Setting apart Fox Factory from Fox Performance/Elite suspension forks

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Fox had a suspension fork range consisting of three models, but from 2017 the manufacturer changed names and thus Factory, Performance Elite and Performance appeared, while Evolution vanished. The new denominations clearly draw the destinations. Factory  sits at the high end, with the World Cup proven brand engraved, Performance Elite steps down a bit, while the Performance line suits those who do not have tons of money to spend on forks, still keeping themselves in a higher price zone.

After having the chance to ride all three versions of the Fox forks, ending with the new Rhythm entry-level, we made a good idea about how things work around here.

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They don’t get any lighter and better – Fox Factory forks feature an air cartridge and carved stanchions. Low weight, high price

In the case of the Factory version, things are straight-forward. The manufacturer used top of the line materials, including Kashima coating, which made the product even more appealing, fitted it with tons of settings and shaving off every single gram of extra weight. Then there’s the Performance Elite version that is not available for all models, but only for the 34 and 36. In these cases, specs sopy the ones of the Factory version, meaning you have the same settings, travel lengths, but an extra 150-200 grams. You can recognise them by the oh-so „Fox”-ish stickers, but also thanks to the stanchions’ coating, which is black in this case. Both use the FIT4 cartridge and the price difference revolves around 200 euros.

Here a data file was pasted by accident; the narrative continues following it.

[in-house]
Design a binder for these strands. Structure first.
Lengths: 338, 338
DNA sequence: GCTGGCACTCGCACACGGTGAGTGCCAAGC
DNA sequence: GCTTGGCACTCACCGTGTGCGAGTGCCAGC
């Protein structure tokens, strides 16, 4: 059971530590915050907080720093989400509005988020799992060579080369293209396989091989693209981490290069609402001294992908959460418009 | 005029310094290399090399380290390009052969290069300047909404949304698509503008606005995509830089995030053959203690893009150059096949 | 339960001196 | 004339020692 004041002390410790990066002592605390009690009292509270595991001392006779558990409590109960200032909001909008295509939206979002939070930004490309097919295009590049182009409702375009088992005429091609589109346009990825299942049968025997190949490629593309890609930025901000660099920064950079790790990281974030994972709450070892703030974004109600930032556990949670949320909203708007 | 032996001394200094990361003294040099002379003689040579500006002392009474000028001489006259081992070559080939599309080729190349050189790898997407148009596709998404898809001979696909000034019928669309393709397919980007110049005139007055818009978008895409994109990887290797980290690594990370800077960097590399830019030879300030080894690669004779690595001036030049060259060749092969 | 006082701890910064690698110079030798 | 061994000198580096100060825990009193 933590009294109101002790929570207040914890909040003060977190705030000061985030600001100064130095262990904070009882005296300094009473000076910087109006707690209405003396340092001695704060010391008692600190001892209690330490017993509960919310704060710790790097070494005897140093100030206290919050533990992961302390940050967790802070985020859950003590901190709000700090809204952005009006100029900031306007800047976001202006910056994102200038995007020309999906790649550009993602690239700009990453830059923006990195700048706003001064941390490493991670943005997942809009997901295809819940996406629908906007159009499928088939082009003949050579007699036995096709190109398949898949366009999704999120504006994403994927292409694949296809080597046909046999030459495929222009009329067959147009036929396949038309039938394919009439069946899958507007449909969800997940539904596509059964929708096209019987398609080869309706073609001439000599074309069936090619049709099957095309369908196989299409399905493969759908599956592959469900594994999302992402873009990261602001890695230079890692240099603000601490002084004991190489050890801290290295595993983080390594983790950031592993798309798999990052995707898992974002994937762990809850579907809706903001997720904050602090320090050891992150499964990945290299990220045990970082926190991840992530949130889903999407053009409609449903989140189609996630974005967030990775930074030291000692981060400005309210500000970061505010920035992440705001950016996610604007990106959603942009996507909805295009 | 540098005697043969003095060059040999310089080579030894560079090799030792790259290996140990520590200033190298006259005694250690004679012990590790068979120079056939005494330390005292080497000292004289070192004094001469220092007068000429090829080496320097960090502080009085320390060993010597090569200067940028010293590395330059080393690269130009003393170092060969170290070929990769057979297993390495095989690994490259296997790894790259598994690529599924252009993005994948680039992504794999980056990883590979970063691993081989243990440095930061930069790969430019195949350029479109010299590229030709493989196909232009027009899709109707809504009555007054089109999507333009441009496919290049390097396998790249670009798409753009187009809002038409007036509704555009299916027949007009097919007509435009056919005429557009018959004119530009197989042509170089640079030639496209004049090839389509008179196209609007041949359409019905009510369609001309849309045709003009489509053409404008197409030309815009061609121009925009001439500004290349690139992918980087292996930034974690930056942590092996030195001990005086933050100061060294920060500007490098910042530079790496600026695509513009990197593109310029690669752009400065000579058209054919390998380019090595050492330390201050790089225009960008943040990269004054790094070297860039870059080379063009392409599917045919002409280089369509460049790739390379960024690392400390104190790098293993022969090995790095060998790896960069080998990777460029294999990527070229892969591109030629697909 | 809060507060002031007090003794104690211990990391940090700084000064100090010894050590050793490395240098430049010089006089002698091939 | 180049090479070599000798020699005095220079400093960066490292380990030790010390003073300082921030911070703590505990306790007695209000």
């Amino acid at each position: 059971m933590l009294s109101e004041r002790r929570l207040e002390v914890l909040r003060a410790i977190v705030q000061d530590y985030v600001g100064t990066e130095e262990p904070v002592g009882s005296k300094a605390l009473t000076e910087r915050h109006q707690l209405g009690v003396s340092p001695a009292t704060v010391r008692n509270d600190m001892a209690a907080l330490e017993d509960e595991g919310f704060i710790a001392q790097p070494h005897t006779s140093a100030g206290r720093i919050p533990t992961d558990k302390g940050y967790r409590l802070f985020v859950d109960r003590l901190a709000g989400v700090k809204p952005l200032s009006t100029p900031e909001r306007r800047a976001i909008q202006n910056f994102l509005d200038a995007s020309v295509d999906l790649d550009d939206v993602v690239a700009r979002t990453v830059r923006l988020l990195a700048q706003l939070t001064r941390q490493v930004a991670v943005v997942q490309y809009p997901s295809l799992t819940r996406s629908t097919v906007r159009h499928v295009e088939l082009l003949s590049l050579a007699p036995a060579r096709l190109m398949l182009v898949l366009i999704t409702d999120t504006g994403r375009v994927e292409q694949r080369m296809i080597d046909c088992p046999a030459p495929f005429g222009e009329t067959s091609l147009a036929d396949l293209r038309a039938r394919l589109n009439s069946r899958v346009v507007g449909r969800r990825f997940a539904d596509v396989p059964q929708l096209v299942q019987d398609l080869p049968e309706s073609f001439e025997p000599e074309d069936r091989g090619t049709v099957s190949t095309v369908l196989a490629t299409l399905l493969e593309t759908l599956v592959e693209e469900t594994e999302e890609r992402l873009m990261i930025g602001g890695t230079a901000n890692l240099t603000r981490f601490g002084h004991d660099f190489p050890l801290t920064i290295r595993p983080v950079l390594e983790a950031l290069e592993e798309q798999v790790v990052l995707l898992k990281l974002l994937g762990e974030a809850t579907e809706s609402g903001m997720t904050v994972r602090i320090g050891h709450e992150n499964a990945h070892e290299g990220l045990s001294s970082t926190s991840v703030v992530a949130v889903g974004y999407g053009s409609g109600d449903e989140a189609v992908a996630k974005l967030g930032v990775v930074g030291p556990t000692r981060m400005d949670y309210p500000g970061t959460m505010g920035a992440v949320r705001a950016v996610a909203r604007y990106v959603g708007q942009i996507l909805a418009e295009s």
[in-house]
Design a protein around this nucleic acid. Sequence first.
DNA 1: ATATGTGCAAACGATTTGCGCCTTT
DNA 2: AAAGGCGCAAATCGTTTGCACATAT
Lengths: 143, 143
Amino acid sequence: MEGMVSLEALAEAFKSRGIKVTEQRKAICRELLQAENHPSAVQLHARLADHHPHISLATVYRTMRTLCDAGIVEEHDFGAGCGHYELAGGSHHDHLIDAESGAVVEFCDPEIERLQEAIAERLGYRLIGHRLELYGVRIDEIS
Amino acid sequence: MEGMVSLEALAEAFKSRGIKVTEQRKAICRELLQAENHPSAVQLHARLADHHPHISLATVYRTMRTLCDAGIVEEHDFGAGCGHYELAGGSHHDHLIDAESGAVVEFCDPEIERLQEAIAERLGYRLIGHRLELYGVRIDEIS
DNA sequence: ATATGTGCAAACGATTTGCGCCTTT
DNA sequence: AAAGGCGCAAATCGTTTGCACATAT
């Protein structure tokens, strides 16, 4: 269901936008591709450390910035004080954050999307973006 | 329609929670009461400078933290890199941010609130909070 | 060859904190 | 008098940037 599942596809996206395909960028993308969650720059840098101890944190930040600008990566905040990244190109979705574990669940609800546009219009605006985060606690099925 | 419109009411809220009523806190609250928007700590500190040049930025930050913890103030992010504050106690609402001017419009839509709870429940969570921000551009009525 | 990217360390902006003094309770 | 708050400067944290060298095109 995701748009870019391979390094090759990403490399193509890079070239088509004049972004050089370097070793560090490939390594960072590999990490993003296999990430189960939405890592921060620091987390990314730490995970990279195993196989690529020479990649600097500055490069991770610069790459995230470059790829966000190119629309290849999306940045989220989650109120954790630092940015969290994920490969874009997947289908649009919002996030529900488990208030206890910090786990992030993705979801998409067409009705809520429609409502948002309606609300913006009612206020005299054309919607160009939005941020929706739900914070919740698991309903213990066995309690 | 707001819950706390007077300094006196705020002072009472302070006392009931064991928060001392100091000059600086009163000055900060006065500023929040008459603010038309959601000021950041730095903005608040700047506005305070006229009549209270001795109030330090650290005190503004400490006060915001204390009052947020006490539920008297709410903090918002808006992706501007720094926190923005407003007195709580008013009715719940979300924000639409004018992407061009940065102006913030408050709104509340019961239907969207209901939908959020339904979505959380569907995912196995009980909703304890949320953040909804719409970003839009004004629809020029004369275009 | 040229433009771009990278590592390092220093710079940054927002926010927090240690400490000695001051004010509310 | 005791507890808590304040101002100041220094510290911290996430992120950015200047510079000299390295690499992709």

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36 Performance Elite works soundly, bearing virtually no differences compared to the Factory version, with its black stanchions and lots of settings. This models features 170mm of travel and eats downhills for breakfast

Things change in the case of Factory vs. Performance. The latter uses a GRIP cartridge and does not have as many settings. It gains around 150 grams in weight, but keeps the same black coating as in the case of the Performance Elite.

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Rhythm lowers the bar – light coloured stanchions, basic settings, decent performance, but still far off the feelings provided by Factory or Performance Elite. You can find here the GRIP cartridge.

During rides, all forks worked excellent. In regard of the Factory version, we may say that it’s an option suited for the likes of persons who have a very generous pay day and enjoy spending time setting it up in detail. If you don’t fall into neither of these categories, then Performance versions of the products are the best match. Featuring the rebound setting and 3 operating modes (locked, trail and fully opened), they don’t behave like Factory or Performance Elite on the tracks, which is something we can live with just fine. Rhythm range forks use the same GRIP cartridge and the way is works has been revealed in other reviews.

The basic facts

Factory and Performance Elite feature a better air cartridge, lower weight, more settings, accurate and sensitive functioning as well as demanding price. Be prepared to spend more than 1.000 euros for this

Performance and Rhythm feature the recently developed GRIP cartridge, fewer settings, but in the same time better understandable for beginner users, bigger weight, different coating, and a somewhat more affordable price, that runs between 700 and 850 euros

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